Revision Tips and Tricks #2

Last week I did my first instalment of my Revision Tips and Tricks posts. If you haven't read the first one you can read it here. This week I am mainly going to be focusing on the different methods of revising and the tools you can use to aid this. 


As I study Law I get taught a lot of legislation and cases I need to learn. Most of these are long winded and are too much to write on mind maps without it looking messy and too much. I love using record cards, it gives me room to bullet point the key aspects of case/statute. Ideally I would've done these throughout the year as and when I learnt things, but I didn't (retrospect is a wonderful thing). When writing out record cards I find I can do them when I am doing other things whether it be listening to music, watching YouTube or TV etc. Record Cards I love doing in the evening as it is the perfect way to drift out of work mode and into chill mode. These are great to do to just take in your bag and look at whenever you have a free moment, whether it be on the bus, sitting in a waiting room or even in your break at work. 


I think these are probably the revision tool I use the most. I love drawing mind maps, making them pretty and colouring and just appealing to the eye. Mind maps are so versatile and there are so many different ways in which you can design them, making them completely tailored to how you like to revise. I find drawing out mind maps so relaxing and so comforting (except when you go wrong and have to start all over again!). I post these on my wall as a constant reminder to look at them and I take in information without even realising. This year I've placed them on my bathroom door (I have an ensuite) and my wardrobe door as they are the first things I see when I either leave or come back into my room! Plus I love using colourful pens to make them look super bold and pretty of course! I find colour really helps me and makes revision aids look interesting so this is definitely something I'd recommend to do. I own way too many different coloureds, more than I care to admit!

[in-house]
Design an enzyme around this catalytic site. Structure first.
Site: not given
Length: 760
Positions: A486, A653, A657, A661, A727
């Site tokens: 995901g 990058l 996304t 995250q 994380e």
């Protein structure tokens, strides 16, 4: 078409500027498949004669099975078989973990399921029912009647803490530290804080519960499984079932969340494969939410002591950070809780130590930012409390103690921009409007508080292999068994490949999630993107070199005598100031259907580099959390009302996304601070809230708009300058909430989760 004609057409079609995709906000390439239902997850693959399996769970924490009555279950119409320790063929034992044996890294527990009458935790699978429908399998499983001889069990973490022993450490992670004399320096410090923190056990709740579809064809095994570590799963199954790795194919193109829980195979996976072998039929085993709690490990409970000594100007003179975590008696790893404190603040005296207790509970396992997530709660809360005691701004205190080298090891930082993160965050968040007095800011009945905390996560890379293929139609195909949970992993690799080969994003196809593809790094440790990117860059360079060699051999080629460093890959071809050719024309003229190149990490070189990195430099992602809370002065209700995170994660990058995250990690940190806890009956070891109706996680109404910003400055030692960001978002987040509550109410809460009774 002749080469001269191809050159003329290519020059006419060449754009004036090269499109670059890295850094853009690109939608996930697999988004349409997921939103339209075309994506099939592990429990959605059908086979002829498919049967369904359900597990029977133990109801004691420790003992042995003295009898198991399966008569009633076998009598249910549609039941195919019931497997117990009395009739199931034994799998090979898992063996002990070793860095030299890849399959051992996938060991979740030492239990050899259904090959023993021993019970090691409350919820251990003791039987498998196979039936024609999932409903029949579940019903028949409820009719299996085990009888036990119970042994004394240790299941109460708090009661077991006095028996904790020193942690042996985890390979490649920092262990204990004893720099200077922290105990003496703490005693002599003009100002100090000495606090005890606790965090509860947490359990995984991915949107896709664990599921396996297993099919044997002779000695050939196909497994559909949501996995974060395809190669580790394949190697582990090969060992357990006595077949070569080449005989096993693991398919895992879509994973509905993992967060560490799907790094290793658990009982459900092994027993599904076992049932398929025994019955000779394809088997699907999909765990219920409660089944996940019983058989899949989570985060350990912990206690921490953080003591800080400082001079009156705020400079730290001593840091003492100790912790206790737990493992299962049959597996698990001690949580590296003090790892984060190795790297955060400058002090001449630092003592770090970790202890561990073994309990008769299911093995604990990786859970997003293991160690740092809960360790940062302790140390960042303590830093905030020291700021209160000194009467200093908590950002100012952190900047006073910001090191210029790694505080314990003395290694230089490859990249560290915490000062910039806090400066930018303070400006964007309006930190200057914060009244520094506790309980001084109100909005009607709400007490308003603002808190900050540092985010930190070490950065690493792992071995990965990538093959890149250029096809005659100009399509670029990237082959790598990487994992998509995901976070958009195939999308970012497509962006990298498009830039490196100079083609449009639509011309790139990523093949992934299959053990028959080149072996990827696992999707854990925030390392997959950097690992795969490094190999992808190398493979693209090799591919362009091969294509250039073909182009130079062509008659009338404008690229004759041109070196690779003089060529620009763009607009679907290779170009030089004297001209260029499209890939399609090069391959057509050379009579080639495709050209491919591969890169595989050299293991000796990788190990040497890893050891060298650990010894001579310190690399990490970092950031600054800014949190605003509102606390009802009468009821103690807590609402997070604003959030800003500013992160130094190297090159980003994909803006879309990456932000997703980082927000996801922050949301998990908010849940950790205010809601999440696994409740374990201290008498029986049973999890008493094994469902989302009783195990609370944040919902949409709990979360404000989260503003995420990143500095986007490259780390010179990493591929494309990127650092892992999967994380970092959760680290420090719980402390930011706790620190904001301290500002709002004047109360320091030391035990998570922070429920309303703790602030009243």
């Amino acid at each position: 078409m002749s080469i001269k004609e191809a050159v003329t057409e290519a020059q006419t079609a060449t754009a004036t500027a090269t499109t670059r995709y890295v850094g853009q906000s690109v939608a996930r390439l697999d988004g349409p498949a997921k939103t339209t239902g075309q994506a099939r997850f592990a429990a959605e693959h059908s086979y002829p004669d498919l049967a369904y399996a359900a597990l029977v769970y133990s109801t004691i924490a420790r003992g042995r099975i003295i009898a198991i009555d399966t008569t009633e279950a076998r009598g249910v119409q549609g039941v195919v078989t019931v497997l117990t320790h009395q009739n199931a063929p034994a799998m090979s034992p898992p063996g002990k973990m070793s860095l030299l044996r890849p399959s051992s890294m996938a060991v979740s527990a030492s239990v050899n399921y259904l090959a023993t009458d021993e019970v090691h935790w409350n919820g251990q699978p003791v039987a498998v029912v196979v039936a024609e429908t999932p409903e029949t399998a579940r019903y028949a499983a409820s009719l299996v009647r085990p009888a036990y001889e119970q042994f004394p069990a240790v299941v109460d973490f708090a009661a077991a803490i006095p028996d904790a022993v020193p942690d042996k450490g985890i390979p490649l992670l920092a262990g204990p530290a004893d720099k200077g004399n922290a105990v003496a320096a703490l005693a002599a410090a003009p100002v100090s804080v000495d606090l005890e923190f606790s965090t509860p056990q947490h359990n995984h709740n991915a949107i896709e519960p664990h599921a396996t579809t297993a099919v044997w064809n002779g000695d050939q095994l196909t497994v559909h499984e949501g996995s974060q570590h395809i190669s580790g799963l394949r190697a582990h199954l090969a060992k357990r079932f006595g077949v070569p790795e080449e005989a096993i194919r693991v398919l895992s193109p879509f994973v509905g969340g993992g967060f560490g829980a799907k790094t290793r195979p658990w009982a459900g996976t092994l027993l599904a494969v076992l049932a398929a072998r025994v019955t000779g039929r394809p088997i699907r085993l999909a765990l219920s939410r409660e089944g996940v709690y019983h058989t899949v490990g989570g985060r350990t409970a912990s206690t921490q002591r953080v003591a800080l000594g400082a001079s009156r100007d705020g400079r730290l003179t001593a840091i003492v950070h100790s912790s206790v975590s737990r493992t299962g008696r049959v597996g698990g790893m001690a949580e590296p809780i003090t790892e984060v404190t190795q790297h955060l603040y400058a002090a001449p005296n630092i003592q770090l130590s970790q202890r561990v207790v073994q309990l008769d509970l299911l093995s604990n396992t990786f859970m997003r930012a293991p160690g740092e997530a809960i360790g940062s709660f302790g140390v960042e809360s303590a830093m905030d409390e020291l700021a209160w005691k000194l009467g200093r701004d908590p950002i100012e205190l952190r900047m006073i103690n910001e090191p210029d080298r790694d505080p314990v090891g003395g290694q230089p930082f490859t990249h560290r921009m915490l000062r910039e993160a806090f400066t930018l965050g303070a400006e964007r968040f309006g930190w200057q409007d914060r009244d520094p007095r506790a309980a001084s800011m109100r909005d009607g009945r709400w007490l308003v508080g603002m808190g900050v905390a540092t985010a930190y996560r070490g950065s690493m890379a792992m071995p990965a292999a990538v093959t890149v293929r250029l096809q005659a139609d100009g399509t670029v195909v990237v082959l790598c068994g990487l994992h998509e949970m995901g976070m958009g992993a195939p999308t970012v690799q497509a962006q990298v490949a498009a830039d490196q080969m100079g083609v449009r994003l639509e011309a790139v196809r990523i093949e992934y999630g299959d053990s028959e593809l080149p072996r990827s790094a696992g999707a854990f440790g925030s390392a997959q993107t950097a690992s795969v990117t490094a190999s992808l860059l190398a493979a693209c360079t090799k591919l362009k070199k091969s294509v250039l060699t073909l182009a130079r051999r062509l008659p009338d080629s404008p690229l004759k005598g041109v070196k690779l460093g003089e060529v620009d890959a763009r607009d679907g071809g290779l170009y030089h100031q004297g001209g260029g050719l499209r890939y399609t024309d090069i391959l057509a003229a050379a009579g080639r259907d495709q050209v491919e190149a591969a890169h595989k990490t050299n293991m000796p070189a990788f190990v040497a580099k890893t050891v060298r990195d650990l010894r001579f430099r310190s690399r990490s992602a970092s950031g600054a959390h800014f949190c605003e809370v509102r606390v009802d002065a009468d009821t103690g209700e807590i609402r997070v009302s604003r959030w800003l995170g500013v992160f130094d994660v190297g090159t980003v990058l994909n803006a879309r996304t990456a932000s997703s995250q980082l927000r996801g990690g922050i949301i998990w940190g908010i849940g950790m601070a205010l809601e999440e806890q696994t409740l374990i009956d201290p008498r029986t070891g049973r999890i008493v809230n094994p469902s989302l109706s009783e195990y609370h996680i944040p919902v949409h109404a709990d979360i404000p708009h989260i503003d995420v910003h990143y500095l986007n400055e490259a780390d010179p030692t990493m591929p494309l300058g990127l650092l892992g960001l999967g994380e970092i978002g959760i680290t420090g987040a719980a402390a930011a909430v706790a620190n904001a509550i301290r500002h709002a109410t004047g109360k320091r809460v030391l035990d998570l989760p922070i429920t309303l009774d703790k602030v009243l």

A random one but for me, especially for GCSEs and A-Levels, I found writing things on sticky notes and placing them around my room definitely helped. This worked well for quick, small facts I needed to know or formulas. I still use this technique at university but not as much as I did, but still thought it was worth a mention. I stick these on random places, usually where I go to or look the most, similarly to where I place my mind maps. When I was at home I placed them all around my house (which drove my parents insane) so I never had an excuse not to revise. Obviously this might not work for everyone depending on what you are studying and how you revise best but for me these are great. I usually use these a week before my exams for those little pesky facts/cases/statutes I'm having trouble remembering and it works a treat for me!


I guess this depends on what you are doing, but most of the time you have past papers available to you. I personally do have access to past papers at university, but I don't know if all courses/universities allow this. I actually had a revision seminar last week and my lecturer pointed out the importance of using past papers and making your revision strategic. Most of the time they can only ask you so many questions on a set topic so make sure you can find as many past papers and the questions on that said topic and base your revision on how you would answer that. I can't speak for you but for me we got taught essentially a lot of 'waffle' to give us a deeper understanding of a topic which we would never actually have to use in the exam so theres no point using my notes from that lecture when I don't necessarily need to know all the information. So revise based on how you would go about answering such a question. Most of my questions in my exams are problem questions so planning them can be quite easy in a way as there is a set structure/test we have to follow but for essay questions this can be more difficult. So basically a more simplified way of putting that is revise using past papers as a tool and work out what you need to know for each topic.

Another way of using past papers is actually sitting them in a timed manner and exam conditions. This can seem quite tedious but the amount of times I know my friends have run out of time to answer all the questions and have probably lost valuable marks. So for me, I know for criminal law my exam is 2 hours long and I have to answer three questions which all carry equal marks so I have to spend 40 minutes on each question. As with most people there is always one topic which you could literally write word for word what your notes say and spend way too long on that one question rather than focusing on a topic you are weaker at. But always stick to the time limits and doing past papers in your own time definitely helps so when you walk into the exam you know you are comfortable doing the exam well in the set time without running out of time and not answering all the set questions to your ability!

I hope this little series of posts has helped any of you coming up to exam season, whether you're doing your GCSEs, A-Levels or University exams! I really enjoyed writing these are they are so relevant to me at the moment as I am going through the exact same thing! I'm definitely planning on doing some more university posts in terms of organisation and notes in the summer so keep an eye out for those!

Good Luck!

Related Posts Plugin for WordPress, Blogger...